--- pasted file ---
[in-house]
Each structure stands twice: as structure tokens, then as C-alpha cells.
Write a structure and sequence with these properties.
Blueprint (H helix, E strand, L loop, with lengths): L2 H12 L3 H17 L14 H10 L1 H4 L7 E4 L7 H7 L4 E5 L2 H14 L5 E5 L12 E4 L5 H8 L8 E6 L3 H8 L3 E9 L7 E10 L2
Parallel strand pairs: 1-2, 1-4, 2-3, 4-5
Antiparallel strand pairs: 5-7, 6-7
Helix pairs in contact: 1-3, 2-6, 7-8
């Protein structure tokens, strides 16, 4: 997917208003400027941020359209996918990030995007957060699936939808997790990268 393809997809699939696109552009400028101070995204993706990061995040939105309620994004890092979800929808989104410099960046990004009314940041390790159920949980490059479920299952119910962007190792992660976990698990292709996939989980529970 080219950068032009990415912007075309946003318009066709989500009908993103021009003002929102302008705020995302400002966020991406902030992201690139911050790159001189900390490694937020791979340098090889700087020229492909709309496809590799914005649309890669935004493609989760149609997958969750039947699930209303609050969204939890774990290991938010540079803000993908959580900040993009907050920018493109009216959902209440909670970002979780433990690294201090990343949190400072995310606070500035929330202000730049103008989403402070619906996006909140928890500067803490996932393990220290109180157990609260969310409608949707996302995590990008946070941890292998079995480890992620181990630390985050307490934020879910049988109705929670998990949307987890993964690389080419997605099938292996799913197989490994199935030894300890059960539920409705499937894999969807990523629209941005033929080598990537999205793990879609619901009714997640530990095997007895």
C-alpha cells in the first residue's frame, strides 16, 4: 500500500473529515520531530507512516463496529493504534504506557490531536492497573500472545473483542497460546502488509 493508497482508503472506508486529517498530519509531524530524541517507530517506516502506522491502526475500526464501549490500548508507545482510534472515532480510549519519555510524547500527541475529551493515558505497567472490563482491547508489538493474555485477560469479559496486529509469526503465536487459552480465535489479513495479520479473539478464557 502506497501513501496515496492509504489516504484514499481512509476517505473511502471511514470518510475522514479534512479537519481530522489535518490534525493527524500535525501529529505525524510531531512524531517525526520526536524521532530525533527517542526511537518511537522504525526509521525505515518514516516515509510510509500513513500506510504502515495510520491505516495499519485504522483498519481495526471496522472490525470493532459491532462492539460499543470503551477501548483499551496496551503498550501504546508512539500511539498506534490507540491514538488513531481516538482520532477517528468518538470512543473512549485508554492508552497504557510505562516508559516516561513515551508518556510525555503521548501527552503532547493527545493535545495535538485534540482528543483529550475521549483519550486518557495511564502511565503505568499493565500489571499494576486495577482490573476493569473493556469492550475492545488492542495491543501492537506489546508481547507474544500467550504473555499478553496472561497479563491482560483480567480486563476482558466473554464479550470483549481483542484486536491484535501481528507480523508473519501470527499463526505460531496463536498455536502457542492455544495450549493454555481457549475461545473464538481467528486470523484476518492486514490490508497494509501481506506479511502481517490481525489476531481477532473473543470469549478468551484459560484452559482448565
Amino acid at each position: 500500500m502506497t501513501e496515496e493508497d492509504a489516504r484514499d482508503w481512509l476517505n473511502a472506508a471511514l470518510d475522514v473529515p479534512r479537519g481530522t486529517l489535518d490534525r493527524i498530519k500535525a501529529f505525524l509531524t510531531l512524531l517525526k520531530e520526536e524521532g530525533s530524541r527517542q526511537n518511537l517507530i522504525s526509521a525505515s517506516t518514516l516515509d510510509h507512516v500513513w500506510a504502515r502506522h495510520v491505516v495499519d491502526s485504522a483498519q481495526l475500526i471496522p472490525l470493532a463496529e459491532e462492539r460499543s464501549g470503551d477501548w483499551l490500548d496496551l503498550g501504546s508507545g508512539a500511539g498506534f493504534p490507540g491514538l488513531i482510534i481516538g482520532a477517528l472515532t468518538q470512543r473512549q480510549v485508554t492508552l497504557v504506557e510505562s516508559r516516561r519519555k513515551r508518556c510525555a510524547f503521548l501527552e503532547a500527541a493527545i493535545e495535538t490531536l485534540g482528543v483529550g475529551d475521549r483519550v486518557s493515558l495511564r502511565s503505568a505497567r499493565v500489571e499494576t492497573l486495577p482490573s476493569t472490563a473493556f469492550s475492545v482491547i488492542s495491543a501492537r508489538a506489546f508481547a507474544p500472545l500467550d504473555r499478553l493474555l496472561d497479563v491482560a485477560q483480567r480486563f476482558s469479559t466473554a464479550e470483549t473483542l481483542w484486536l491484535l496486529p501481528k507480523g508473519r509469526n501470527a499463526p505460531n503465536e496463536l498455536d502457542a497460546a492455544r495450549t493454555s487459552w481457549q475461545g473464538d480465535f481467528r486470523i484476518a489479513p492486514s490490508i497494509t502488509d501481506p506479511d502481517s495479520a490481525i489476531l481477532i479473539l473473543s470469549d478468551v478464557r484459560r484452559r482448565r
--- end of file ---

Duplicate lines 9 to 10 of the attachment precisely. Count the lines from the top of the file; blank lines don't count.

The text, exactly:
C-alpha cells in the first residue's frame, strides 16, 4: 500500500473529515520531530507512516463496529493504534504506557490531536492497573500472545473483542497460546502488509 493508497482508503472506508486529517498530519509531524530524541517507530517506516502506522491502526475500526464501549490500548508507545482510534472515532480510549519519555510524547500527541475529551493515558505497567472490563482491547508489538493474555485477560469479559496486529509469526503465536487459552480465535489479513495479520479473539478464557 502506497501513501496515496492509504489516504484514499481512509476517505473511502471511514470518510475522514479534512479537519481530522489535518490534525493527524500535525501529529505525524510531531512524531517525526520526536524521532530525533527517542526511537518511537522504525526509521525505515518514516516515509510510509500513513500506510504502515495510520491505516495499519485504522483498519481495526471496522472490525470493532459491532462492539460499543470503551477501548483499551496496551503498550501504546508512539500511539498506534490507540491514538488513531481516538482520532477517528468518538470512543473512549485508554492508552497504557510505562516508559516516561513515551508518556510525555503521548501527552503532547493527545493535545495535538485534540482528543483529550475521549483519550486518557495511564502511565503505568499493565500489571499494576486495577482490573476493569473493556469492550475492545488492542495491543501492537506489546508481547507474544500467550504473555499478553496472561497479563491482560483480567480486563476482558466473554464479550470483549481483542484486536491484535501481528507480523508473519501470527499463526505460531496463536498455536502457542492455544495450549493454555481457549475461545473464538481467528486470523484476518492486514490490508497494509501481506506479511502481517490481525489476531481477532473473543470469549478468551484459560484452559482448565
Amino acid at each position: 500500500m502506497t501513501e496515496e493508497d492509504a489516504r484514499d482508503w481512509l476517505n473511502a472506508a471511514l470518510d475522514v473529515p479534512r479537519g481530522t486529517l489535518d490534525r493527524i498530519k500535525a501529529f505525524l509531524t510531531l512524531l517525526k520531530e520526536e524521532g530525533s530524541r527517542q526511537n518511537l517507530i522504525s526509521a525505515s517506516t518514516l516515509d510510509h507512516v500513513w500506510a504502515r502506522h495510520v491505516v495499519d491502526s485504522a483498519q481495526l475500526i471496522p472490525l470493532a463496529e459491532e462492539r460499543s464501549g470503551d477501548w483499551l490500548d496496551l503498550g501504546s508507545g508512539a500511539g498506534f493504534p490507540g491514538l488513531i482510534i481516538g482520532a477517528l472515532t468518538q470512543r473512549q480510549v485508554t492508552l497504557v504506557e510505562s516508559r516516561r519519555k513515551r508518556c510525555a510524547f503521548l501527552e503532547a500527541a493527545i493535545e495535538t490531536l485534540g482528543v483529550g475529551d475521549r483519550v486518557s493515558l495511564r502511565s503505568a505497567r499493565v500489571e499494576t492497573l486495577p482490573s476493569t472490563a473493556f469492550s475492545v482491547i488492542s495491543a501492537r508489538a506489546f508481547a507474544p500472545l500467550d504473555r499478553l493474555l496472561d497479563v491482560a485477560q483480567r480486563f476482558s469479559t466473554a464479550e470483549t473483542l481483542w484486536l491484535l496486529p501481528k507480523g508473519r509469526n501470527a499463526p505460531n503465536e496463536l498455536d502457542a497460546a492455544r495450549t493454555s487459552w481457549q475461545g473464538d480465535f481467528r486470523i484476518a489479513p492486514s490490508i497494509t502488509d501481506p506479511d502481517s495479520a490481525i489476531l481477532i479473539l473473543s470469549d478468551v478464557r484459560r484452559r482448565r